What is money made of? Chemistry!

by Rosie Coates

What is in your wallet?  Some coins perhaps and maybe some paper money if you’re lucky! You also have a whole load of chemistry.

Your ‘coppers’ aren’t copper, nor is your ‘silver’ money silver.

1p and 2p pieces used to be bronze but are now copper-plated steel and the other coins are alloys (a mixture of two or more different metals).

5p, 10p and 50p pieces are made up of 75% copper and 25% nickel and a pound coin is 70% copper, 5.5% nickel and 24.5% zinc.

Why not use real copper, silver and gold?  

If we did the value of the metal that makes the coins would then be worth more than the face value of the coin.  Before 1992 1p coins were 97% copper; in 2006 the price of copper was so high that the scrap metal value of one of the copper coins was 1.5p!

Pure metal coins wouldn’t actually stand up to being used for very long.

'Silver' coins from the rein of Elizabeth II

‘Silver’ coins. Image: Public Domain

 

Alloys are mixtures (rather than chemical compounds). One of their great advantages, over pure metals, is that they tend to be harder than the metals they are made from.

The atoms of different elements are different sizes, making it harder for them to move over each other than in the pure metal, resulting in a harder material.  Great news if you’re making coins as you can produce money that can withstand being bumped around in our wallets, parking meters and occasionally the washing machine without being damaged too much.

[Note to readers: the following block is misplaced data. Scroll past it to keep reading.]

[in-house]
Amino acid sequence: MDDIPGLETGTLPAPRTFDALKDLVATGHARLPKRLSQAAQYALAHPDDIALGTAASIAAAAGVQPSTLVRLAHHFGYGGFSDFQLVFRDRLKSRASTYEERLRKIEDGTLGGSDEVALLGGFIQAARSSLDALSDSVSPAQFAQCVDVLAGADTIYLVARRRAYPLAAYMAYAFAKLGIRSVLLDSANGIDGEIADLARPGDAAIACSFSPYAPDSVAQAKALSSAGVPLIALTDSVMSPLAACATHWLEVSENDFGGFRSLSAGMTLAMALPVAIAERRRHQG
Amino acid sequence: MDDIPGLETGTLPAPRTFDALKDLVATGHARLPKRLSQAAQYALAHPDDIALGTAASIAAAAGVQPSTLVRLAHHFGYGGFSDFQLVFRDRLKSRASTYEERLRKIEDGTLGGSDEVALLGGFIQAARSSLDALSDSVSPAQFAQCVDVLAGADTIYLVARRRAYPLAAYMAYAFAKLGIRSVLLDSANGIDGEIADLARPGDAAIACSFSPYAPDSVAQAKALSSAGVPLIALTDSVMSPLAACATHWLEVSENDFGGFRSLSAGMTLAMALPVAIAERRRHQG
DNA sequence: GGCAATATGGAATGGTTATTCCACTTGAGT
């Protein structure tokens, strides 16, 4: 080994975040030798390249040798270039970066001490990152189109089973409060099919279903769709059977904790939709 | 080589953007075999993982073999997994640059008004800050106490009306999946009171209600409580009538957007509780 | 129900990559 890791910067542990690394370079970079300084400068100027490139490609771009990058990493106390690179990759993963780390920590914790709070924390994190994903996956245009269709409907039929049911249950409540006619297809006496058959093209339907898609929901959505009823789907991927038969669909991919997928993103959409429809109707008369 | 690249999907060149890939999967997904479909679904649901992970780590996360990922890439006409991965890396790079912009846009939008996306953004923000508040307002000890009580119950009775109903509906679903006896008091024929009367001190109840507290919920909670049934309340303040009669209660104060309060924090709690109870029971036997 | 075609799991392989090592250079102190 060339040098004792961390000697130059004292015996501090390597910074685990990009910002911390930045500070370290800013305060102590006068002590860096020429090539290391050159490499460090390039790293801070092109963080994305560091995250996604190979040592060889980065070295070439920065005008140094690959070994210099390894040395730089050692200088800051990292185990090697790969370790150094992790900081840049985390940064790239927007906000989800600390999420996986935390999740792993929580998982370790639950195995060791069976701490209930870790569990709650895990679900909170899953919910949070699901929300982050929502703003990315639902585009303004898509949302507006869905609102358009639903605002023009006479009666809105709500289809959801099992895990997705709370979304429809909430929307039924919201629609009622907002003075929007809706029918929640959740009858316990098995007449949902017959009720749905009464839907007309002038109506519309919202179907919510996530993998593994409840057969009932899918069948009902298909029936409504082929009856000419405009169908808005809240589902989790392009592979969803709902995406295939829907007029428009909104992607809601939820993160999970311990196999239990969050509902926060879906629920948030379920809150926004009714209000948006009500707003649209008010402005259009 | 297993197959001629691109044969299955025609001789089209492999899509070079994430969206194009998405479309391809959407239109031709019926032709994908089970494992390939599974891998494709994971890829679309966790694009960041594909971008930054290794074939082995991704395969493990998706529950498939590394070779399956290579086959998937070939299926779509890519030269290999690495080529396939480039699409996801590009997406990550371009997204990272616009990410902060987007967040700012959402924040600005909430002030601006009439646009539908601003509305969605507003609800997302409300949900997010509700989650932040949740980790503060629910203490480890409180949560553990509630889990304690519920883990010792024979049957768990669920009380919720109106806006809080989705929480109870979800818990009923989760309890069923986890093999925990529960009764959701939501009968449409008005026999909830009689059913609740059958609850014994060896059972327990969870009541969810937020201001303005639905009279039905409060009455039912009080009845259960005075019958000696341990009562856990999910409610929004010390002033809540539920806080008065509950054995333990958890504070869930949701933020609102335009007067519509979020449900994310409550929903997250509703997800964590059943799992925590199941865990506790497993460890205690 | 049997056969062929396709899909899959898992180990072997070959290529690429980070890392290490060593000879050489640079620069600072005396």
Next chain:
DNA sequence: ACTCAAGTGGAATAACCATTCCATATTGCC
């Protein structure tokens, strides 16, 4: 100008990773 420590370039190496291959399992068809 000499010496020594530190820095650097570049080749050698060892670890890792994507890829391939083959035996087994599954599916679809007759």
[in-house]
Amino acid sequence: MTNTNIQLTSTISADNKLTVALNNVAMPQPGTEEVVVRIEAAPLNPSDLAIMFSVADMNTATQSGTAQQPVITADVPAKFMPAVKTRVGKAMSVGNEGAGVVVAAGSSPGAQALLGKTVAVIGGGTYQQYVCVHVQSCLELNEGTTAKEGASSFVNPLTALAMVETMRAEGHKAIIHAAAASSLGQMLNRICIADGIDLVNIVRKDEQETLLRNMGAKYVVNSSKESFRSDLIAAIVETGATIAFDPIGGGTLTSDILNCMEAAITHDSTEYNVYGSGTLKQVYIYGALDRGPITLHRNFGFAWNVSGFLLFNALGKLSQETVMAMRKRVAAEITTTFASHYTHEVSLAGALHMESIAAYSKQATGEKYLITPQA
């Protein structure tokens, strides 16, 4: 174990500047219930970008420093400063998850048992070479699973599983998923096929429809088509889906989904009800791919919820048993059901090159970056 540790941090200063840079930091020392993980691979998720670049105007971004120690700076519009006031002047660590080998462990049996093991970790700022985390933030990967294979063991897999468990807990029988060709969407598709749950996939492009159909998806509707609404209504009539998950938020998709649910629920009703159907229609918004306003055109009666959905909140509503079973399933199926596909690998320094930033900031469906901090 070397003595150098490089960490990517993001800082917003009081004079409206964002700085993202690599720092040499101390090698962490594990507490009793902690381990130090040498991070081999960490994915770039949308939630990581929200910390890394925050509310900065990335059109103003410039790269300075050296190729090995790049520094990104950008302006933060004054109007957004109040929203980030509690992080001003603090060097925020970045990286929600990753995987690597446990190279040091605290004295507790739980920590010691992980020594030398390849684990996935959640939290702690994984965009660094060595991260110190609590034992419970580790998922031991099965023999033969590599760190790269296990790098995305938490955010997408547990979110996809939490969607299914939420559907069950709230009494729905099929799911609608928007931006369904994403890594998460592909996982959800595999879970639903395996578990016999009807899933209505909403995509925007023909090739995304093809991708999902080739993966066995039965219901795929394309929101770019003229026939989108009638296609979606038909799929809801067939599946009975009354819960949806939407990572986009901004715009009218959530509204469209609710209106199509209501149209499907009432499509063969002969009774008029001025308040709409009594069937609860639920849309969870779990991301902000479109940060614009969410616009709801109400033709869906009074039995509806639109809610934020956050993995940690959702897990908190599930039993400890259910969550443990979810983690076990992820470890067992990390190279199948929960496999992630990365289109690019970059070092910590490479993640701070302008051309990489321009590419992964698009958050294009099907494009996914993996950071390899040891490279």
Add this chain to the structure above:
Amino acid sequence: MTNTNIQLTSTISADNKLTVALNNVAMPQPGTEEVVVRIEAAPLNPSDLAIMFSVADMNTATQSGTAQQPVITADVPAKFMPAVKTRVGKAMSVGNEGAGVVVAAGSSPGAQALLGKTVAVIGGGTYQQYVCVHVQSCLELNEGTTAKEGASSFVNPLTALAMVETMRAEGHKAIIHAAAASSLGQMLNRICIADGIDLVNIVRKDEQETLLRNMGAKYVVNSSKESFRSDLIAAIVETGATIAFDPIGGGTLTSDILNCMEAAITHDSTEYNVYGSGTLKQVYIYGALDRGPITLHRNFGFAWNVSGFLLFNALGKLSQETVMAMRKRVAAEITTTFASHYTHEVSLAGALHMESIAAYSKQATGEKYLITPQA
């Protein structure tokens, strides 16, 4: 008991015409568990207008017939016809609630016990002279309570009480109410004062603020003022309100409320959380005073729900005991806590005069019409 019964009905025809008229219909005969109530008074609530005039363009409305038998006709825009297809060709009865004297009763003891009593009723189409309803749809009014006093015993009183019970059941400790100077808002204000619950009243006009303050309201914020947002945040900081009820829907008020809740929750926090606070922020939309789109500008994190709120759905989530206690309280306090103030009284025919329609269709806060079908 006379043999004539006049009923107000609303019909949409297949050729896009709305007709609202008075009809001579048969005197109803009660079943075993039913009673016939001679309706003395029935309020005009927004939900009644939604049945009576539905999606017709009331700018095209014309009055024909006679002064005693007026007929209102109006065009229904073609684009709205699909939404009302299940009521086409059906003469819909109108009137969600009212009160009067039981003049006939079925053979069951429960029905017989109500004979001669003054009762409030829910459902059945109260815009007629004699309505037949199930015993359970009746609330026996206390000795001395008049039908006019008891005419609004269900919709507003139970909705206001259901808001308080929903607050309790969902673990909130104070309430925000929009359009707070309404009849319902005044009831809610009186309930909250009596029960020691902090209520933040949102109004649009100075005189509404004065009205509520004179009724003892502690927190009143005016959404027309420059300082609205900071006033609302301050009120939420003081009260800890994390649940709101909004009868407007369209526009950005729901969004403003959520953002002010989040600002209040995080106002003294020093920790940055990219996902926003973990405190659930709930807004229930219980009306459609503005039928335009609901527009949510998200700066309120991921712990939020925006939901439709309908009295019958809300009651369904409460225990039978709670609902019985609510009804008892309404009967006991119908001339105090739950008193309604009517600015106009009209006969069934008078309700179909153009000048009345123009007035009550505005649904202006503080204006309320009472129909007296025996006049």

Giving your coins a chew to check if they’re real

You might have seen pirates in films and cartoons biting on a gold coin to check their treasure.

If the coins were fake, made to look like gold, (like our own £1 coins- 70% copper, 5.5% nickel and 25.5% zinc) they would be hard. A real gold coin would be pleasingly soft to a pirate’s tooth!

Plate your own coins

Turn a penny ‘silver’ and then ‘gold’ with this nice experiment on alloys from the Royal Society of Chemistry.

Check out the video of it here:

Don’t try to use your coins to buy anything though: There are already lots of ways to check whether coins are fake or real and the Royal Mint has recently developed a new type of coin which is even more sophisticated and uses a secret ingredient in the alloy to give even more security. You can find out more in this BBC Wales News report (but the secret ingredient stays secret!)

If you fancy trying some of the techniques used to find out how much of different metals there are in alloys (like brass, bronze and steel) give this experiment (Key Stage 4+) a go.

Australian banknotes are made from polypropylene (photo: Martin Kingsley)

Australian banknotes are made from polypropylene. Photo: Martin Kingsley(CC-BY)

What about paper money? 

If you’re better at keeping hold of your cash than me you might have some paper money in your wallet.

In the UK our paper money is made out of cotton fibre and linen rag, the main component is cellulose. That makes it much tougher than normal paper from wood pulp but not nearly as tough as the ‘paper’ money found in Australia, Canada, Romania, Vietnam and New Zealand. The money in those countries is made of a plastic called polypropylene, a polymer.

Plastic money lasts much longer (which is better for the environment), is more secure (as extra safety features can be included) and can even survive a spin in the washing machine!

Plastic money could be coming to the UK too so you might want to find out more about how polymers work and how to identify them.  This experiment explores ways to identify different polymers, in this case different plastics.

 

Curriculum Links

Key Stage 3:

Pure and Impure Substances

  • mixtures

Materials

  • properties of polymers

Key Stage 4:

This science made simple blog intends to enrich, and give context to AQA GCSE Science CHEMISTRY 1 Unit C1.3.2 Alloys and Unit C.1.5.2 Polymers

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Posted in Chemistry